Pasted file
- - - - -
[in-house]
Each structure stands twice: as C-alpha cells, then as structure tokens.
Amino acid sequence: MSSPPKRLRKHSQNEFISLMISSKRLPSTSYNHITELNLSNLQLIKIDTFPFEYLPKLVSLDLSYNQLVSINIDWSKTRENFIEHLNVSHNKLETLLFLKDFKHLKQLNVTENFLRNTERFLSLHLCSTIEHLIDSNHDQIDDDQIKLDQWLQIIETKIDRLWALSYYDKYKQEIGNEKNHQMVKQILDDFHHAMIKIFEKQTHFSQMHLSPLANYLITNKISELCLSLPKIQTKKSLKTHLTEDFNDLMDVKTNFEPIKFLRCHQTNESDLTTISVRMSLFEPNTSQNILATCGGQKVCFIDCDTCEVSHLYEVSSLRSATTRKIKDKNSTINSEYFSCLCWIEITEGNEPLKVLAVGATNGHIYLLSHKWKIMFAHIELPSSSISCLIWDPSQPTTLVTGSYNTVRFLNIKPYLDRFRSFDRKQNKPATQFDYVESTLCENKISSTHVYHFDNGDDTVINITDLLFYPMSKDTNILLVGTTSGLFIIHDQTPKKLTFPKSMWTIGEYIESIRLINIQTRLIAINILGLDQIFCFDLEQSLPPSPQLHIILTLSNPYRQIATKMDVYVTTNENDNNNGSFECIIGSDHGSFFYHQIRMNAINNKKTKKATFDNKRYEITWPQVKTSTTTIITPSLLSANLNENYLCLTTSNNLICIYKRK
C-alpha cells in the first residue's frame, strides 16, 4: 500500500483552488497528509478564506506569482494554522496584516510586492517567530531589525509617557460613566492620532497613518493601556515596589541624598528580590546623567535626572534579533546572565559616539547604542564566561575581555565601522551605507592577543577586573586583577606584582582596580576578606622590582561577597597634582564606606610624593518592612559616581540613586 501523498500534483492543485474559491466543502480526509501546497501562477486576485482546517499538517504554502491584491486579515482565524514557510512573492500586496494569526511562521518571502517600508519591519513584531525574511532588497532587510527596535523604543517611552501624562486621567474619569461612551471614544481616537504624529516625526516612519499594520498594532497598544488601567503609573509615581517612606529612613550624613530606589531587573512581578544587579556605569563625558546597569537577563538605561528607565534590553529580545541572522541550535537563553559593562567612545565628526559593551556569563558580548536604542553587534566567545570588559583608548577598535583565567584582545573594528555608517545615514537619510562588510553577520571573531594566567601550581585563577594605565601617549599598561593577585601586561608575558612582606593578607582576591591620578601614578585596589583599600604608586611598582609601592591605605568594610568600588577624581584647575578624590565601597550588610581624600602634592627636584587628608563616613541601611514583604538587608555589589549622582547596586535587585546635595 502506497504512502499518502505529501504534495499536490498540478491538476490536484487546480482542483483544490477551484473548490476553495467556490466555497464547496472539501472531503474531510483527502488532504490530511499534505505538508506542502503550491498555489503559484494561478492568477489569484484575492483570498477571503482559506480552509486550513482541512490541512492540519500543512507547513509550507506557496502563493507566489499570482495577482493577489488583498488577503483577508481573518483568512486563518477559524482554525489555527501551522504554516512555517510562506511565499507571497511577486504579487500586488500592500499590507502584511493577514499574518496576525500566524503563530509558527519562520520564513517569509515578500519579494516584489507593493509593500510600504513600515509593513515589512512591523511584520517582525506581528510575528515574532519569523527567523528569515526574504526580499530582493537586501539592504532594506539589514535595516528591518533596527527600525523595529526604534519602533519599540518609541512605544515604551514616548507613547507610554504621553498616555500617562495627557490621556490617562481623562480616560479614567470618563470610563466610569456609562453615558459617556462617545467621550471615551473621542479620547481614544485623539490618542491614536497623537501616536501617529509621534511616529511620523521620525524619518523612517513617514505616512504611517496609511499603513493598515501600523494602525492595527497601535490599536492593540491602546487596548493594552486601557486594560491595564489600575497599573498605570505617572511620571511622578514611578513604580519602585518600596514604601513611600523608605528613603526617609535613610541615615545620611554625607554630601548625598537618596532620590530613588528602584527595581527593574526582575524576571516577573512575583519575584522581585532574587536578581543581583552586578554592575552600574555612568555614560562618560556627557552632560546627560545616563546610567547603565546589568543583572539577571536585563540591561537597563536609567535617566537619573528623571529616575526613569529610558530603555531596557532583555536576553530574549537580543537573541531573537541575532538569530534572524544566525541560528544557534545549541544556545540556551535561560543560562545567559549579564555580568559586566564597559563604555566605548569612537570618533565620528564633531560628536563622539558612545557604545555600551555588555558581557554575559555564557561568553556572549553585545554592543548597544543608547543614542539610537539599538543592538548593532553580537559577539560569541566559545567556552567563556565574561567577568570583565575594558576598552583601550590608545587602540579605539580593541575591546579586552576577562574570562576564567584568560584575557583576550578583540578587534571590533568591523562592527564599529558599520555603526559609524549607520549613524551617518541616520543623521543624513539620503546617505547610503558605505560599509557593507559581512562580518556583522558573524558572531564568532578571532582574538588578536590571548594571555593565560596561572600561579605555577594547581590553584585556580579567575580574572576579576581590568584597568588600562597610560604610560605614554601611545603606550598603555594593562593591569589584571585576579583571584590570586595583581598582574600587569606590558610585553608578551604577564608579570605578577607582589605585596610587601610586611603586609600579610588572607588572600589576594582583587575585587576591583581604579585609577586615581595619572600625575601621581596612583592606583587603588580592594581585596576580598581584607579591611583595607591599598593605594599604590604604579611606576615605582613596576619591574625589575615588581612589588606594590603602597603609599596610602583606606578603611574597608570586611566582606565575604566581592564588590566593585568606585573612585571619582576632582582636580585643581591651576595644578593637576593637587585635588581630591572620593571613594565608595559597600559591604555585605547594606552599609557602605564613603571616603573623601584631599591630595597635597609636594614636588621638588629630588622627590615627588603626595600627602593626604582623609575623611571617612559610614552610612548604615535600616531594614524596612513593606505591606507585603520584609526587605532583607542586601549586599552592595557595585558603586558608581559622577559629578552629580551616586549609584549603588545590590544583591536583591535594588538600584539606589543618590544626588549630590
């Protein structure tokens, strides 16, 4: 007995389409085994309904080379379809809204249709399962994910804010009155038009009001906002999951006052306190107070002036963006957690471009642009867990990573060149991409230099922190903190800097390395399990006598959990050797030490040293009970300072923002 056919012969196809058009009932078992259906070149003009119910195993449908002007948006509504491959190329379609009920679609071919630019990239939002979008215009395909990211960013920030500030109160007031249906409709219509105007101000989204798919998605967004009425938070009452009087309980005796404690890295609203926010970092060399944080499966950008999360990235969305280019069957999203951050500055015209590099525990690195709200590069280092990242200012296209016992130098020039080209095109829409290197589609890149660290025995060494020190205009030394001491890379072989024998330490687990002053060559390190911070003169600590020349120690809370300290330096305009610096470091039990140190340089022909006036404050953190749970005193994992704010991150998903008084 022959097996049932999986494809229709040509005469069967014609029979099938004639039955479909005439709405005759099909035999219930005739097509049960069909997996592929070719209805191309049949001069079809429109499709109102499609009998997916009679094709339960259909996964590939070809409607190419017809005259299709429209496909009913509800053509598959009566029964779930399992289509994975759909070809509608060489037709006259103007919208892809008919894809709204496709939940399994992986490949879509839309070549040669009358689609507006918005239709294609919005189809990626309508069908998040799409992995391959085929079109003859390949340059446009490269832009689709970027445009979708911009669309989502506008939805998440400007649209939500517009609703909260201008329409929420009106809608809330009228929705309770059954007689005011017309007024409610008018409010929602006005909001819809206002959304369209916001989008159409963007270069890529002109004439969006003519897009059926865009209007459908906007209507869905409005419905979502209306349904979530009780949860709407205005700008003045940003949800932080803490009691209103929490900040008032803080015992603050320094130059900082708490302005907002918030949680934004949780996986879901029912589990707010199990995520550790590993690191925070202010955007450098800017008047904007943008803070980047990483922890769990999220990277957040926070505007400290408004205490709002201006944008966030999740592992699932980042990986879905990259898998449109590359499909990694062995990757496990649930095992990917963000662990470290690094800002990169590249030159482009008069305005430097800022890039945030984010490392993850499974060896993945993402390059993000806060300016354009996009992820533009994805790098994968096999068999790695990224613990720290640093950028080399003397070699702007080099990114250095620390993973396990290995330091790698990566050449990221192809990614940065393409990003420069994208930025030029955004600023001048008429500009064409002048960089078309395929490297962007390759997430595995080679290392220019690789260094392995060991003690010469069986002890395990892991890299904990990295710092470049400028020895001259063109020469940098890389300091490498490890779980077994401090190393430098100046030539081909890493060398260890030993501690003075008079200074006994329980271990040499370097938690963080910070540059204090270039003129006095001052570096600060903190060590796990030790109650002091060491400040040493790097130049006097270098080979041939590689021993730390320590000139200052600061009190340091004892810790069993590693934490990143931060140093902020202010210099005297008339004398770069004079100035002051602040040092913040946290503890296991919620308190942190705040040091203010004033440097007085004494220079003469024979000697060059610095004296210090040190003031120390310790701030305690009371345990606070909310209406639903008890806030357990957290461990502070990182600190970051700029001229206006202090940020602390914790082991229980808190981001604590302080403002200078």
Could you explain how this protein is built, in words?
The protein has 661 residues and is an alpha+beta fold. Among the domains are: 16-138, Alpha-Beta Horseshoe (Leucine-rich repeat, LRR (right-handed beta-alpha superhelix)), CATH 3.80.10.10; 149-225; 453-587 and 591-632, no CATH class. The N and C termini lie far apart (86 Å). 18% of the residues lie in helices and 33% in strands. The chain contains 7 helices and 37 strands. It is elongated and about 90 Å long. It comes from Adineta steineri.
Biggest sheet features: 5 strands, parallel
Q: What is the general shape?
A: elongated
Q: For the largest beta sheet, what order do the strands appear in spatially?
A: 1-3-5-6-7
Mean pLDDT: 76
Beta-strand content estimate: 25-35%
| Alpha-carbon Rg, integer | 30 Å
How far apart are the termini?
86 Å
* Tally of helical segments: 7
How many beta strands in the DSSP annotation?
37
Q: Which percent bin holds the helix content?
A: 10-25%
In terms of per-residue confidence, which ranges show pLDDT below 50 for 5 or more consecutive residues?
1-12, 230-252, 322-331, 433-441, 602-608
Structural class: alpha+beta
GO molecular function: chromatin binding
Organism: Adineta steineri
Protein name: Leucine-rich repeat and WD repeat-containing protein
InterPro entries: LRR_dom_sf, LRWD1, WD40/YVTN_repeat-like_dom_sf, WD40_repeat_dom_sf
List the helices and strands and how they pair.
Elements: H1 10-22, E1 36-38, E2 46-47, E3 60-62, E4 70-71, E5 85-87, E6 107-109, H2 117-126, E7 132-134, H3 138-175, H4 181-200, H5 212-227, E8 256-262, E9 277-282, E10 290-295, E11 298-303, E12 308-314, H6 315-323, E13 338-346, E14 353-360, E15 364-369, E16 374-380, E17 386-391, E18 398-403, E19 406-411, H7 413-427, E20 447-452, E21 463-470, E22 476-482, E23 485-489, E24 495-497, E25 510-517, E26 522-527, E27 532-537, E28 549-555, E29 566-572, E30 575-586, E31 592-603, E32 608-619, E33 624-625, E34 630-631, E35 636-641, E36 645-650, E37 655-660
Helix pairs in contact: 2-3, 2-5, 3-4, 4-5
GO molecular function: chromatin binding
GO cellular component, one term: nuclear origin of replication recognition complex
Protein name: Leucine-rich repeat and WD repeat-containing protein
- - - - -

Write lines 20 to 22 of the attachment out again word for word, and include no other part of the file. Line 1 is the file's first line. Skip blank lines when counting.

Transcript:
37
Q: Which percent bin holds the helix content?
A: 10-25%